Upon learning of this honor, Bechthold family member Greg Burns (who owns the Jessie’s Grove Winery estate, next door to Bechthold Vineyard) was quoted by Lodi News-Sentinel to say, "For a vineyard in our appellation to get the opportunity to be considered, and named, is a tribute to the entire Lodi appellation… The fact that this is the oldest vineyard in the Valley is also a tribute to Lodi."
But of all the things happening in Lodi wine country this past year, the most widely covered development has been the debut of the Lodi Native project: the release of six 2012 Lodi grown Zinfandels from six heritage vineyards (defined as at least 50 years of age); made by six of Lodi’s most respected wine producers, utilizing native yeast fermentation and other strict protocols emphasizing the sensory qualities derived from vineyards rather than brand or winemaker styles, or the “varietal character” of the Zinfandel grape itself.
The goal of the Lodi Native winemakers, in other words, has been to draw attention to the fact that there are unique vineyards in Lodi producing distinctive wines from the Zinfandel grape – vineyards and wines worthy of as much attention as Zinfandel vineyards in any other region of California.
The press has been all over it Among the many pieces written on the Lodi Native project, along with some quotes:
- Laurie Daniels of San Jose Mercury News on The Lodi Native Wine Project: “The results were eye-opening. The Lodi Native wines have ample fruit, but they’re also elegant, savory and aromatic, with a complexity and even a delicacy that’s downright rare in most commercial zinfandels. And they show what’s possible in Lodi…”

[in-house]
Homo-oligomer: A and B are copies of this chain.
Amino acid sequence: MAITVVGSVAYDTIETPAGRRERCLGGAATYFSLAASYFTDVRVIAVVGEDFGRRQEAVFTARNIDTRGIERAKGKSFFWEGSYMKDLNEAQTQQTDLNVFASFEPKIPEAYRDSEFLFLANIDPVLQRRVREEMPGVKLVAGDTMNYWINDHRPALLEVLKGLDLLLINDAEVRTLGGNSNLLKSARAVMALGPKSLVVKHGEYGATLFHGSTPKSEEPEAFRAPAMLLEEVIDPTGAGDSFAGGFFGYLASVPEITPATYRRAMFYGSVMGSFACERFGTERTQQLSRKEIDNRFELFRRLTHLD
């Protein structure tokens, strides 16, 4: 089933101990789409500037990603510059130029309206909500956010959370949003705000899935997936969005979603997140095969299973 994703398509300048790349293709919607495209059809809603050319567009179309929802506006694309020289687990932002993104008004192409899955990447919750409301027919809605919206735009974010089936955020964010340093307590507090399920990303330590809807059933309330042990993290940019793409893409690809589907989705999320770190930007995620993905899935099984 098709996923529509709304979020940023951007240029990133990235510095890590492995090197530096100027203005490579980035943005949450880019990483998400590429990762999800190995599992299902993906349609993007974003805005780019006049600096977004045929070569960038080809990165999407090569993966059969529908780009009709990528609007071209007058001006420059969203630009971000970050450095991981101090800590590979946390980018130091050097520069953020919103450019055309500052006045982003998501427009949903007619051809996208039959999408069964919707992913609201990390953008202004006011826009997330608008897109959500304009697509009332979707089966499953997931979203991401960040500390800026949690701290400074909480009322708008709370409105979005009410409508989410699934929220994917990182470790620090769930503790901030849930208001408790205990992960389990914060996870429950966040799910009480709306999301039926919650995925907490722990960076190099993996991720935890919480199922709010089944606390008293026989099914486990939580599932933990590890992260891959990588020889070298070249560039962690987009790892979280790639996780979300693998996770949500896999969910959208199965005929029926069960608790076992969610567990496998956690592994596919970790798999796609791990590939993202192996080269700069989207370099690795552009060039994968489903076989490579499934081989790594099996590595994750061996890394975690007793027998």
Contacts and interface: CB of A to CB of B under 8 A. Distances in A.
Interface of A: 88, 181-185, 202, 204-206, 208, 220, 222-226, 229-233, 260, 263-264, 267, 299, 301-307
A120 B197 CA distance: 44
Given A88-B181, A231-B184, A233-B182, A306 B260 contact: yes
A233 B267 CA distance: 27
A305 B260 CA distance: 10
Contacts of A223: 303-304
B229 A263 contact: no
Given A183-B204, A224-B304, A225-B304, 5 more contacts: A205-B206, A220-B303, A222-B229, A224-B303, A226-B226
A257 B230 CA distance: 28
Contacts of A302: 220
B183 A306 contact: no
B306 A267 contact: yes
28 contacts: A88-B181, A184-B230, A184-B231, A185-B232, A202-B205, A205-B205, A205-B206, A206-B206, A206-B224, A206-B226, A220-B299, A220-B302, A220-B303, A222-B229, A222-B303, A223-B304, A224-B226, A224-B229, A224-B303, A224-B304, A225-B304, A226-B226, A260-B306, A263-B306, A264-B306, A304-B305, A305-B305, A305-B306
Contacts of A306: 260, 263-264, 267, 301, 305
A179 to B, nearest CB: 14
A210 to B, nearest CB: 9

- W. Blake Gray of wine-searcher.com on Lodi Winemakers Strip Back Their Zinfandel: “If Zinfandel was treated with more like Pinot Noir, how different would it taste? In Lodi, a group of winemakers are finding out…”
- Elaine Brown of Hawk Wakawaka Wine Reviews on The Lodi Native Zinfandel Project: “… Lodi commonly gets underestimated by wine media who take the region to produce only overripe mass market wines… Together the collection offers crystalline insight into the character of Lodi's Mokelumne River appellation giving pure expression to the vineyards. Separately they each carry the juiciness of wines to drink with food, and the medium to medium-light body that allows them to work on their own…”
- Fred Swan CS of norcalwine.com on Lodi Zinfandel Goes Native: “The Lodi Native project has achieved its primary goal in the very first vintage. The wines very clearly show the differences between some of Lodi's most-prized heritage vineyards. And, despite a commitment to sacrificing ideal balance and maximum deliciousness to achieve that aim, the resulting wines are very, very good. They show that, when taken from fine, lovingly-farmed vineyards and made with care, Zinfandel needn't be sweet, thick in the mouth or dressed in new barrels to captivate. Bravo!”
- Nancy Brazil CSW of pullthatcork.com on A Zinfandel Project Reflective of the Vineyard: “These elegant, flavorful wines with restrained use of oak and great acidity should have the potential to age well and perhaps gain complexity with time… Not only is Native Lodi a demonstration of some of the area's most aged and unique vineyards, it is a demonstration of the power of cooperation and comradery among this group of Lodi winemakers. It's so refreshing to see in a competitive commercial market…”
Thirsty for some good ol’ Lodi Zinfandel? We hope you enjoy some during the rest of your 2014 holidays!